Generally, you do want your employees work state to be where they're performing their work. If you've moved employees home temporarily until offices reopen, you likely haven't updated their permanent work state. If you've made longer-term decisions to keep employees working from home on a permanent basis, then that very likely could update their work state.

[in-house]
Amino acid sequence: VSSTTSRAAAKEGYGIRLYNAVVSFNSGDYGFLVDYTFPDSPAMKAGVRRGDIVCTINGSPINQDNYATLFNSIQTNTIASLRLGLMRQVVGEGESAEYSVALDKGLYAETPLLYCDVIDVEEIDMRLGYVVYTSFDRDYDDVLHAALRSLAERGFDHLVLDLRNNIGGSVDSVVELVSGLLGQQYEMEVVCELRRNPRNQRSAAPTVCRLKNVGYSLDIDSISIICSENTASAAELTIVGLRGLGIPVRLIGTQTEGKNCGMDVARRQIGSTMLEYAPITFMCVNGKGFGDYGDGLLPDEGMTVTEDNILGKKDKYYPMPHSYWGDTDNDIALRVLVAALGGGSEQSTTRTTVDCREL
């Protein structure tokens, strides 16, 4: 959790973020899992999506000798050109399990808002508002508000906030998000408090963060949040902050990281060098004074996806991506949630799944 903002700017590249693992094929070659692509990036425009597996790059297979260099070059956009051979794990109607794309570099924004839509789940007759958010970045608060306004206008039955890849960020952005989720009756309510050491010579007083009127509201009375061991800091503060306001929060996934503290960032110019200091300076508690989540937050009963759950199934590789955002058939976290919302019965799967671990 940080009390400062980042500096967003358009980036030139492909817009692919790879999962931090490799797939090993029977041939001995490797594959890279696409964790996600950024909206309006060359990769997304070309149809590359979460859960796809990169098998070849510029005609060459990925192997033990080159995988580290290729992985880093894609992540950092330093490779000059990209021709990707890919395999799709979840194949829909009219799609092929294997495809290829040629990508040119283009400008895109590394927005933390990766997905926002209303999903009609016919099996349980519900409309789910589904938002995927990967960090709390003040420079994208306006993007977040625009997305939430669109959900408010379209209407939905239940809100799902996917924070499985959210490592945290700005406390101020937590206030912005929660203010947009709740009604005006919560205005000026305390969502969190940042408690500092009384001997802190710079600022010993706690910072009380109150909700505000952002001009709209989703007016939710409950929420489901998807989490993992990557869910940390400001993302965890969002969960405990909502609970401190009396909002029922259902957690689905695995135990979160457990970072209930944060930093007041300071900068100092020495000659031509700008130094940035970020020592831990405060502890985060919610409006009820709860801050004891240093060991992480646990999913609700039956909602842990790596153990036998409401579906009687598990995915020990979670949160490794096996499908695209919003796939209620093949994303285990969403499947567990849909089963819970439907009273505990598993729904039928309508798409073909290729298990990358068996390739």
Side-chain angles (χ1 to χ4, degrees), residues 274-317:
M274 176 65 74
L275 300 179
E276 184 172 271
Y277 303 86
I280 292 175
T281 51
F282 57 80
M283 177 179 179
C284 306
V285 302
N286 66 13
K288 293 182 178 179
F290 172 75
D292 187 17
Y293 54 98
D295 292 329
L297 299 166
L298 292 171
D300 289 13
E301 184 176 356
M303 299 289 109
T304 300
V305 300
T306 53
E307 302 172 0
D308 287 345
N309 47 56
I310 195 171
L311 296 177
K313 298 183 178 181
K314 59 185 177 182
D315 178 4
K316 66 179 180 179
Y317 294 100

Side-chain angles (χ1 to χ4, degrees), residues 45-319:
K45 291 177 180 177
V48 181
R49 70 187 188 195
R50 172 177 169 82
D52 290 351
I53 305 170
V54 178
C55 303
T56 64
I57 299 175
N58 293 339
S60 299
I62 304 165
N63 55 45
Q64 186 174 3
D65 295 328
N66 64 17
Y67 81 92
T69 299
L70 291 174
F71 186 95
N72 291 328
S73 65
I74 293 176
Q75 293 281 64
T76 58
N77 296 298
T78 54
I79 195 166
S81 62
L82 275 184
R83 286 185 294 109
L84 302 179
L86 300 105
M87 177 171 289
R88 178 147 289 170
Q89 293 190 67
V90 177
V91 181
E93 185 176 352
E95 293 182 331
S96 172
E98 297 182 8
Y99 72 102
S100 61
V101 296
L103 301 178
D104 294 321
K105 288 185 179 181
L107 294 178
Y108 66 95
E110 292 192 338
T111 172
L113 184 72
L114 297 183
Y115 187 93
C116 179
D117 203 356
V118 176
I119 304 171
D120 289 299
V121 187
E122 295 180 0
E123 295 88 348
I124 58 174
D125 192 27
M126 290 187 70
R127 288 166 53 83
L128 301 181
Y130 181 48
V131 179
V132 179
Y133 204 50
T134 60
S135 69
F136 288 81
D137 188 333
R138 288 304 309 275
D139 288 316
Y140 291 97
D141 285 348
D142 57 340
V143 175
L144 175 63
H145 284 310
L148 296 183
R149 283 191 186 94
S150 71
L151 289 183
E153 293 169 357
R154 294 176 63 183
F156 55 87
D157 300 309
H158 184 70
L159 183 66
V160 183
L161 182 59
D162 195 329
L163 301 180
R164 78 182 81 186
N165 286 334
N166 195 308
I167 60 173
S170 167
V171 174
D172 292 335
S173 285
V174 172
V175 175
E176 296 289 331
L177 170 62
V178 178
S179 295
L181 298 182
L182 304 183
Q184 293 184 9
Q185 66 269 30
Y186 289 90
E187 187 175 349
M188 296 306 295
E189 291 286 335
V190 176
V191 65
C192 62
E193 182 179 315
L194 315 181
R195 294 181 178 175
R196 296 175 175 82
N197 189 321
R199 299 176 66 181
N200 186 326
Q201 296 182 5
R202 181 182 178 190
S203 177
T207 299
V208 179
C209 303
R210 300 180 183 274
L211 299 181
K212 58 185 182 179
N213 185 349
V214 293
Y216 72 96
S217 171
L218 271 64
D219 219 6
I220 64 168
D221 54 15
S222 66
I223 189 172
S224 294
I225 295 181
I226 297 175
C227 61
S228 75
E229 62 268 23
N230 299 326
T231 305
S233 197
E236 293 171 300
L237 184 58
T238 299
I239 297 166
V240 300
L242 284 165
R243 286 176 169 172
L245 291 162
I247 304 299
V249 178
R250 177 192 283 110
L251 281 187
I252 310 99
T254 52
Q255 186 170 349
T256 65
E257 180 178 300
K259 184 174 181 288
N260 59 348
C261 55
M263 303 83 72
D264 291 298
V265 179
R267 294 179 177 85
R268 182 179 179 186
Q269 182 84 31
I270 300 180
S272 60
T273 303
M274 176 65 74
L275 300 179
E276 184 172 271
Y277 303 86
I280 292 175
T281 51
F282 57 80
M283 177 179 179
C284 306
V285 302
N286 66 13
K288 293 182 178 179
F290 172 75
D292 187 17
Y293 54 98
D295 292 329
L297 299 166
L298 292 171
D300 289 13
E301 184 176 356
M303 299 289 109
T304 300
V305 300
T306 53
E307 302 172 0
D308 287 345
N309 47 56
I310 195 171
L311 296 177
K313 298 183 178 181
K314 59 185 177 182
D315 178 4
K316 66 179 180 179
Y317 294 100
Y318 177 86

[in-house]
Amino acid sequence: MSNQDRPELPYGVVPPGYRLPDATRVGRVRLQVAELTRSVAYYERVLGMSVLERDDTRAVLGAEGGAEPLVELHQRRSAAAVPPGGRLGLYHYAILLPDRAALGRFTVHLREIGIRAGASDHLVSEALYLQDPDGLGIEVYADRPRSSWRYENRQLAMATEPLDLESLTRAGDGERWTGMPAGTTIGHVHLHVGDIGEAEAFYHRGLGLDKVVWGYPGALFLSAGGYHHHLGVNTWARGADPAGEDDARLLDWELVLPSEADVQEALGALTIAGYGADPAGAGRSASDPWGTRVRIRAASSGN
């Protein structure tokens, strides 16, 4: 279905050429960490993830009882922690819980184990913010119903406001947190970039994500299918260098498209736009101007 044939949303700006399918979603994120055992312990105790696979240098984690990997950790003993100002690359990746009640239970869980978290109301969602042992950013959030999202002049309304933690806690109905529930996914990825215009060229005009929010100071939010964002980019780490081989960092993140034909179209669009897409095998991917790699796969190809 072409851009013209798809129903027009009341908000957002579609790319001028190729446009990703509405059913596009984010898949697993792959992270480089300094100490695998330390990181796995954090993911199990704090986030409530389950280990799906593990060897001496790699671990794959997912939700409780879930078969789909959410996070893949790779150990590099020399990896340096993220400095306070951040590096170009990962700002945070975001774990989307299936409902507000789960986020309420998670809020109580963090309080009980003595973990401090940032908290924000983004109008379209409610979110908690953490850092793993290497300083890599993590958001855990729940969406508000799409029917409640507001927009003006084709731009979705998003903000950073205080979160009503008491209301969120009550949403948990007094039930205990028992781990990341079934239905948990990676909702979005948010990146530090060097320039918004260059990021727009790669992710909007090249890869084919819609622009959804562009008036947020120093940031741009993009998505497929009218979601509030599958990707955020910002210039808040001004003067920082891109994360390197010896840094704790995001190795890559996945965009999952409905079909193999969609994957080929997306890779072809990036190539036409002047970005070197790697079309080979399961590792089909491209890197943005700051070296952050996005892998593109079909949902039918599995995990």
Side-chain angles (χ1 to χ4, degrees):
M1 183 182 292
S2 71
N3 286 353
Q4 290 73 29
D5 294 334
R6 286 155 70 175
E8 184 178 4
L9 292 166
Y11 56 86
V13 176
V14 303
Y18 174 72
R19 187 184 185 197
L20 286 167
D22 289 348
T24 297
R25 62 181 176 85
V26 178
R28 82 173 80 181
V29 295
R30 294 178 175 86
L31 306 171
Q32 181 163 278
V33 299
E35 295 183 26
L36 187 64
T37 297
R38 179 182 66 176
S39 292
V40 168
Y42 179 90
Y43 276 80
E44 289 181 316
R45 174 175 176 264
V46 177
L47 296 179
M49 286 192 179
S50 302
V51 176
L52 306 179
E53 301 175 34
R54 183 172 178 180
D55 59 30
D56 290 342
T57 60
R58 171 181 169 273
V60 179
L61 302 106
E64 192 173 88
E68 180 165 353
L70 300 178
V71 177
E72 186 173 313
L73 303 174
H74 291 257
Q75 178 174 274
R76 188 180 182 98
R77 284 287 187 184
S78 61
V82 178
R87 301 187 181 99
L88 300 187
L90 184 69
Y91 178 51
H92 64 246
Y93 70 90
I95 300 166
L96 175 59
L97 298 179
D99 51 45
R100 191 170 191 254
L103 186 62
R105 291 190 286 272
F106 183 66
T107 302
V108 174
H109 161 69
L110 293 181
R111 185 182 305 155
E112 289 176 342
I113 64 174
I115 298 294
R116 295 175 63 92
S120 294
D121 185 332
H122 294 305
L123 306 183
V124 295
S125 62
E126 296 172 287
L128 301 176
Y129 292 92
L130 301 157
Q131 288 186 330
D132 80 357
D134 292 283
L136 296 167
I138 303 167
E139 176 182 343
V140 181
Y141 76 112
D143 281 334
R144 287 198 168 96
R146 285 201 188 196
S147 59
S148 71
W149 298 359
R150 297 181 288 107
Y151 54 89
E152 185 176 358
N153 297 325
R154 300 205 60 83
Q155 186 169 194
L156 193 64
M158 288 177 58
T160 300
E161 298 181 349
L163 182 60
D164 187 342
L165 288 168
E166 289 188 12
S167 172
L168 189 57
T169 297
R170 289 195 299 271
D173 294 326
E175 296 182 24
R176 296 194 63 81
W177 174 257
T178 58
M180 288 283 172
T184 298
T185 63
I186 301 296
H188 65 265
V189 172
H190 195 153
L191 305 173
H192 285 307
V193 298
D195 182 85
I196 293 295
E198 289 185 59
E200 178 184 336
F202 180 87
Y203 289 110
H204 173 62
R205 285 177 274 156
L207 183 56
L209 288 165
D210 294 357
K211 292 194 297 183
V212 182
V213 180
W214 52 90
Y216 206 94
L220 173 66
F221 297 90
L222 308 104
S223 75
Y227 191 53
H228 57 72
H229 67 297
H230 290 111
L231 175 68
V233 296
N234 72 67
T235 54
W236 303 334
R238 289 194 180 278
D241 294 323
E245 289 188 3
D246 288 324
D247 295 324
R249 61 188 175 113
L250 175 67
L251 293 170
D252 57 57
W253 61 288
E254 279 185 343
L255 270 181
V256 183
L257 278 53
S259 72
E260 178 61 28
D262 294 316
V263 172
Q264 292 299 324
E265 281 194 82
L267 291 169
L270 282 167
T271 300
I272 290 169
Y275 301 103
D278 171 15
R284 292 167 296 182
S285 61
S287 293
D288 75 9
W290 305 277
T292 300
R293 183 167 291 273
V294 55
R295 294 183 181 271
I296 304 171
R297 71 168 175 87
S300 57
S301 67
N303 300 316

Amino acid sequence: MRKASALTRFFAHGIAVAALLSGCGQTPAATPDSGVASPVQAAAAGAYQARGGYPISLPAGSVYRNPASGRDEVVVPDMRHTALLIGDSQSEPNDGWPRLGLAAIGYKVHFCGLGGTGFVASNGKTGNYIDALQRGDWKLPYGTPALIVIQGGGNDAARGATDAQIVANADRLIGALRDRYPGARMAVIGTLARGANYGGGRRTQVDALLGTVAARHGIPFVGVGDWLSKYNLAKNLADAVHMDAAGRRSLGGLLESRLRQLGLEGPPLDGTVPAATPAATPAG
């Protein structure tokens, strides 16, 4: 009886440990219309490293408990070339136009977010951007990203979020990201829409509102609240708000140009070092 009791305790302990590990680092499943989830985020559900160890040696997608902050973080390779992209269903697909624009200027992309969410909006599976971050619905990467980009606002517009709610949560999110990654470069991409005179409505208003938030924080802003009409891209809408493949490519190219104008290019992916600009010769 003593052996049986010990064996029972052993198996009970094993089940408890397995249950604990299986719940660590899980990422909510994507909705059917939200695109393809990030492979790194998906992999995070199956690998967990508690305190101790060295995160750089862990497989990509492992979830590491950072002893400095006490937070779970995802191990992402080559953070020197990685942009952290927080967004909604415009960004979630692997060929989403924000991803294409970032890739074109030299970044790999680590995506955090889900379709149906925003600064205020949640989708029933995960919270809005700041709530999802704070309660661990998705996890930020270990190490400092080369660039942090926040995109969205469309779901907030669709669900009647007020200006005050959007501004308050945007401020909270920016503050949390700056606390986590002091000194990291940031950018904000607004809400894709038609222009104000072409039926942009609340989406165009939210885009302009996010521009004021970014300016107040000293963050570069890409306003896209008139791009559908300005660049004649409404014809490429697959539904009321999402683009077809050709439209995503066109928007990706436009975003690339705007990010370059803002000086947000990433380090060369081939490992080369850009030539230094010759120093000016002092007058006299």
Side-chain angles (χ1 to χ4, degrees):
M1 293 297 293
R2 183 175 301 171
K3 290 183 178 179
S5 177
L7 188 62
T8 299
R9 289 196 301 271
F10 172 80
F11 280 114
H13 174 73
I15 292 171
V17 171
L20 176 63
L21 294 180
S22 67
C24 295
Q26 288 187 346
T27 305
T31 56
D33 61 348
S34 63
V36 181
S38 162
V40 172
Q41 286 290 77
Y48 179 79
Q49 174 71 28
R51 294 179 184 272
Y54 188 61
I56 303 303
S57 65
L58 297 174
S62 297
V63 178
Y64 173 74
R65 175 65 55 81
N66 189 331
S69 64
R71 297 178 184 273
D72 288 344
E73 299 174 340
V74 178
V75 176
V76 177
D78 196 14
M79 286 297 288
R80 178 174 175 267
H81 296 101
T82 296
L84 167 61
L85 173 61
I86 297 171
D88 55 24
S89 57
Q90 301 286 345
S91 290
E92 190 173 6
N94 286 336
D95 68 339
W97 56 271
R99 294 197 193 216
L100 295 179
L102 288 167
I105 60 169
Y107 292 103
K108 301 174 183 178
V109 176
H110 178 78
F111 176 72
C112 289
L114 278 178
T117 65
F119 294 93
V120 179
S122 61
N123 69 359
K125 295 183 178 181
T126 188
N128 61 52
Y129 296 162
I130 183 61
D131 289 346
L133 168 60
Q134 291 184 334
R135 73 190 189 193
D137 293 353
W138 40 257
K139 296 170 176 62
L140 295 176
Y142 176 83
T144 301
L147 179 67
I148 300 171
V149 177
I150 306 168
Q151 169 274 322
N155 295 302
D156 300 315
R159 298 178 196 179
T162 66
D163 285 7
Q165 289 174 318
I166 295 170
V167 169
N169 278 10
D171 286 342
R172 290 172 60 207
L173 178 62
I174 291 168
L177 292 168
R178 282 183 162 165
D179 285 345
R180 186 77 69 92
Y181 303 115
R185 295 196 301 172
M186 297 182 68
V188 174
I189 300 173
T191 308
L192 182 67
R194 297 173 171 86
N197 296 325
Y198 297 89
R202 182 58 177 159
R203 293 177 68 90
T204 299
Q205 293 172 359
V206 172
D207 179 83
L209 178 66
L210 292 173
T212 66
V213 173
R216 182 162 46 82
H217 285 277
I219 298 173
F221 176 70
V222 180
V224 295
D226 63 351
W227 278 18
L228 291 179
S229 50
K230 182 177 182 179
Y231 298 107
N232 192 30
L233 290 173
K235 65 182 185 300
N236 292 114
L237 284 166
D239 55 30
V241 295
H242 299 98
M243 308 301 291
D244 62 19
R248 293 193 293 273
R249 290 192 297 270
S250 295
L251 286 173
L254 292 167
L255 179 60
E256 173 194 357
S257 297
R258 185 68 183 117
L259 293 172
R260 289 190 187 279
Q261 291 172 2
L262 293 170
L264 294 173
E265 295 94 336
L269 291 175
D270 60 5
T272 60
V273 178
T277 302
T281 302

So that's where you want to lean into your legal and HR resources to make sure that you're classifying the employees appropriately. There are so many different states with PFML programs. You need to make sure from a compliance perspective that you have your employees covered under the right program. So something as simple as your office in New York closing and now your employee works from home in Connecticut could really change what state PFML program they need to be covered under.